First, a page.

Dispirited young people with small dreams and short sight.

THE HISTORY OF VEGAS

STORIES

Nightmarish memories from high school make up Angel’s weightless and grim first collection.

The characters in these ten stories here aren’t necessarily the kinds you’d want to spend a lot of time with. Take the teenagers, for instance, high on pot in “Donny,” with nothing better to do than torture the narrator’s family dog. They’re on their way to college, maybe, but first they have to initiate the younger sibling of the high school senior of the first story, “Portions,” who returns from getting high by the river with her friends to show her overweight younger sister the health benefits of vomiting. “The History of Vegas” is a depressing tale of hopeless youth given little glimpse of more uplifting lives than those to be spent in battering and prostitution. A 17-year-old boy making a trek to Vegas with his mother and bruised Aunt Dolores to get her a divorce meets a pubescent hooker he befriends and takes back to his motel room. Even their idyllic moment together is tainted and cheapened by the arrival of Dolores’s brutal ex-husband, Uncle Charlie. Elements deliberately undeveloped, like the presence in Charlie’s Crown Vic of his silent co-worker, who makes no addition to the denouement except as a menace, lend the stories unfinished if surprising endings. The young protagonists take comfort where they can, with no help from parents, as in “Supplement,” set during harvest-time on a vegetable farm. The young narrator, Jaycee, becomes entangled in the romance of a neighbor couple while having to quiet the fears of her younger brother, who is nervous about their parents’ feuding. “The Skin from the Muscle” finds a young man home alone (his mother having abandoned him and his father months before) when two women deer-hunters come knocking to use the phone. The startling turn of some of these pieces is mitigated by the overriding bleakness of tone and setting.

Dispirited young people with small dreams and short sight.

Pub Date: July 22, 2005

ISBN: 0-8118-4625-3

Page Count: 192

Publisher: Chronicle Books

Review Posted Online: May 20, 2010

Kirkus Reviews Issue: May 15, 2005

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THE THINGS THEY CARRIED

It's being called a novel, but it is more a hybrid: short-stories/essays/confessions about the Vietnam War—the subject that O'Brien reasonably comes back to with every book. Some of these stories/memoirs are very good in their starkness and factualness: the title piece, about what a foot soldier actually has on him (weights included) at any given time, lends a palpability that makes the emotional freight (fear, horror, guilt) correspond superbly. Maybe the most moving piece here is "On The Rainy River," about a draftee's ambivalence about going, and how he decided to go: "I would go to war—I would kill and maybe die—because I was embarrassed not to." But so much else is so structurally coy that real effects are muted and disadvantaged: O'Brien is writing a book more about earnestness than about war, and the peekaboos of this isn't really me but of course it truly is serve no true purpose. They make this an annoyingly arty book, hiding more than not behind Hemingwayesque time-signatures and puerile repetitions about war (and memory and everything else, for that matter) being hell and heaven both. A disappointment.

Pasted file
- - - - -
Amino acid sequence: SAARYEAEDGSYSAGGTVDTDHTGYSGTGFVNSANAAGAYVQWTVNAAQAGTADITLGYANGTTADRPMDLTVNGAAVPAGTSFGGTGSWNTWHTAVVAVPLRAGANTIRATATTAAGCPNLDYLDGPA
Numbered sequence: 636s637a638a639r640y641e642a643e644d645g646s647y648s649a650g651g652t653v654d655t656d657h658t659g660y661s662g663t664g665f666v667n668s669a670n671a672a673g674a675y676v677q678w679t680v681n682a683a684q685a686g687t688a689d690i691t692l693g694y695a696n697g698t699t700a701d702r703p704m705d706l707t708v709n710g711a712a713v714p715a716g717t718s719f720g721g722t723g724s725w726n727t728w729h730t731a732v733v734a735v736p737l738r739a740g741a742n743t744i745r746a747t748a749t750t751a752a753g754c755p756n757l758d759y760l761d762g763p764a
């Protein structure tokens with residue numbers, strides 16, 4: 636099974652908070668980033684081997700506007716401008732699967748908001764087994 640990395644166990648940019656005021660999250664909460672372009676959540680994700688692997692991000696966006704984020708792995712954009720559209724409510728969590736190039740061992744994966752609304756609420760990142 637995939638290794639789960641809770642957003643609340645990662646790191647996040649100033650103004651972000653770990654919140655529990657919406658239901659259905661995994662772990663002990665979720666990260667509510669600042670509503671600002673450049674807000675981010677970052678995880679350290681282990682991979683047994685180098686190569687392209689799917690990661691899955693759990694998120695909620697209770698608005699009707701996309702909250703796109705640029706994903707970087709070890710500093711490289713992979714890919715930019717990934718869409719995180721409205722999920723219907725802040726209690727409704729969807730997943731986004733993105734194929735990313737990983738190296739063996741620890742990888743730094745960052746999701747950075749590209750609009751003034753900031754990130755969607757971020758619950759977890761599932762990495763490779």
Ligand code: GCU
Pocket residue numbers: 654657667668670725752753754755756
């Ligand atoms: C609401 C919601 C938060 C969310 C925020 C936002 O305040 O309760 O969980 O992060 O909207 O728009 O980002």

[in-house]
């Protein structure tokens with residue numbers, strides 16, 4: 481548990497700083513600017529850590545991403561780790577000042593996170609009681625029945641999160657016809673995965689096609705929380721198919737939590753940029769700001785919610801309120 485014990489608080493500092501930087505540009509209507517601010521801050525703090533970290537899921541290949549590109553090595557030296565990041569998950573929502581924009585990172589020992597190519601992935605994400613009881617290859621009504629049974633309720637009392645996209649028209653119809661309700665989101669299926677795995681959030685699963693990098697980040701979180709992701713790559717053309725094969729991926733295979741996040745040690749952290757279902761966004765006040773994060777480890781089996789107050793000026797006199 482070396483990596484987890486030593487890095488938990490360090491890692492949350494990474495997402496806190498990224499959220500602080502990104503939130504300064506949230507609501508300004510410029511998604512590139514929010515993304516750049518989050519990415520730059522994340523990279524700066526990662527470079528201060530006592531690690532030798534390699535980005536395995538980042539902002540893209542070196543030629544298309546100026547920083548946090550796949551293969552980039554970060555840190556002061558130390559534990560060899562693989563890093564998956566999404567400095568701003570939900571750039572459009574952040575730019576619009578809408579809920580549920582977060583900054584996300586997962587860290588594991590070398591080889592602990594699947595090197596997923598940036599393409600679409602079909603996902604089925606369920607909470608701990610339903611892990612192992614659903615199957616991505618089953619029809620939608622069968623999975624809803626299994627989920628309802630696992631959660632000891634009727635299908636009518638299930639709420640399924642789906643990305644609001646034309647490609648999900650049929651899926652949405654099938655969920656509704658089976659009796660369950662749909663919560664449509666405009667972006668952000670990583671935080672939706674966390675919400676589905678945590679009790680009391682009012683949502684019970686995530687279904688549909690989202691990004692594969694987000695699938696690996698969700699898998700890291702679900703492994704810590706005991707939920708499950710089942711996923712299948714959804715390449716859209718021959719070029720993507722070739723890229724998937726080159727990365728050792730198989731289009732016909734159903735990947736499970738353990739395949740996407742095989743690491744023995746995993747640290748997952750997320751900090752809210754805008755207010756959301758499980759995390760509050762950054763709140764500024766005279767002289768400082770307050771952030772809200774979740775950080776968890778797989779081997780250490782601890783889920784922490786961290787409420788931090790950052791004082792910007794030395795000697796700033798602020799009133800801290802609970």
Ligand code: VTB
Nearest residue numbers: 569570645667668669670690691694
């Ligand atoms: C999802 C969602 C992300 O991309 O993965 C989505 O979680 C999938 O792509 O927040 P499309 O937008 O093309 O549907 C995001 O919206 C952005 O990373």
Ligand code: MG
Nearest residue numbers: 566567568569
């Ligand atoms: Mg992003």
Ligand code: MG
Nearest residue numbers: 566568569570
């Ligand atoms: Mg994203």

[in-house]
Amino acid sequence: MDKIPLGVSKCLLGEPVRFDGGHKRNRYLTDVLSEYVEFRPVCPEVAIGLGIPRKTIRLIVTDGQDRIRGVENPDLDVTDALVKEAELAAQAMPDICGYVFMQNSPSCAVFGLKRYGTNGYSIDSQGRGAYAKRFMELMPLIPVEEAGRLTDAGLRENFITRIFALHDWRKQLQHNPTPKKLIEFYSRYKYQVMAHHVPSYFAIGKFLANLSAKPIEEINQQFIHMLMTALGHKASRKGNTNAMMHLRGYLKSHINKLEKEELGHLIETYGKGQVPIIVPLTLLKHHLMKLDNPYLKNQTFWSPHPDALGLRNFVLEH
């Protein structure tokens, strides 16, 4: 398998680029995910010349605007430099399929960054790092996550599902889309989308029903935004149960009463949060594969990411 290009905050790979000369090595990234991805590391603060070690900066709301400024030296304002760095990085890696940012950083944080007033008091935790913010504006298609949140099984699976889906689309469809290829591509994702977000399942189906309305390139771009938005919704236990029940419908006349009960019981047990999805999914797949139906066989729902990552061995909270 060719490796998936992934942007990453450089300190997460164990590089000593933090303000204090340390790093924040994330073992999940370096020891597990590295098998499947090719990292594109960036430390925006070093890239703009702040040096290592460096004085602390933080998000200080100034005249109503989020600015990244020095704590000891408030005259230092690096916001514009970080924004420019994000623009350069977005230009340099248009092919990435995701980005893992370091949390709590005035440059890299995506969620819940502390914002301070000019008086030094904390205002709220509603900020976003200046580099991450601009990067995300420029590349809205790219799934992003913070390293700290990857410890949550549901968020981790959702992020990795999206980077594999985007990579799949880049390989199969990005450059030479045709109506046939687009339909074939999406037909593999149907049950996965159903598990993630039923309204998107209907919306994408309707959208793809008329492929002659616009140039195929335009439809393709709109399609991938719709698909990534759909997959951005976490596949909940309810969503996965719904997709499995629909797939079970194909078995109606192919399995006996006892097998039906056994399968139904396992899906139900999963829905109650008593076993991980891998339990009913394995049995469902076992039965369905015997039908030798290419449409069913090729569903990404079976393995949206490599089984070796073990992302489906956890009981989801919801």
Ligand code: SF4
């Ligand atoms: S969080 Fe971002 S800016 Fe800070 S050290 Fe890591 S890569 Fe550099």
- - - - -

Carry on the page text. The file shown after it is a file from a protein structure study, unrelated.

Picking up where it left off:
Pub Date: March 28, 1990

ISBN: 0618706410

Page Count: 256

Publisher: Houghton Mifflin

Review Posted Online: Oct. 2, 2011

Kirkus Reviews Issue: Feb. 15, 1990

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THE COMPLETE SHORT STORIES OF ERNEST HEMINGWAY

THE FINCA VIGIA EDITION

What's most worthy in this hefty, three-part volume of still more Hemingway is that it contains (in its first section) all the stories that appeared together in the 1938 (and now out of print) The Fifth Column and the First Forty-Nine Stories. After this, however, the pieces themselves and the grounds for their inclusion become more shaky. The second section includes stories that have been previously published but that haven't appeared in collections—including two segments (from 1934 and 1936) that later found their way into To Have and Have Not (1937) and the "story-within-a-story" that appeared in the recent The garden of Eden. Part three—frequently of more interest for Flemingway-voyeurs than for its self-evident merits—consists of previously unpublished work, including a lengthy outtake ("The Strange Country") from Islands in the Stream (1970), and two poor-to-middling Michigan stories (actually pieces, again, from an unfinished novel). Moments of interest, but luckiest are those who still have their copies of The First Forty-Nine.

Pub Date: Dec. 2, 1987

ISBN: 0684843323

Page Count: 666

Publisher: Scribner

Review Posted Online: Oct. 7, 2011

Kirkus Reviews Issue: Nov. 15, 1987

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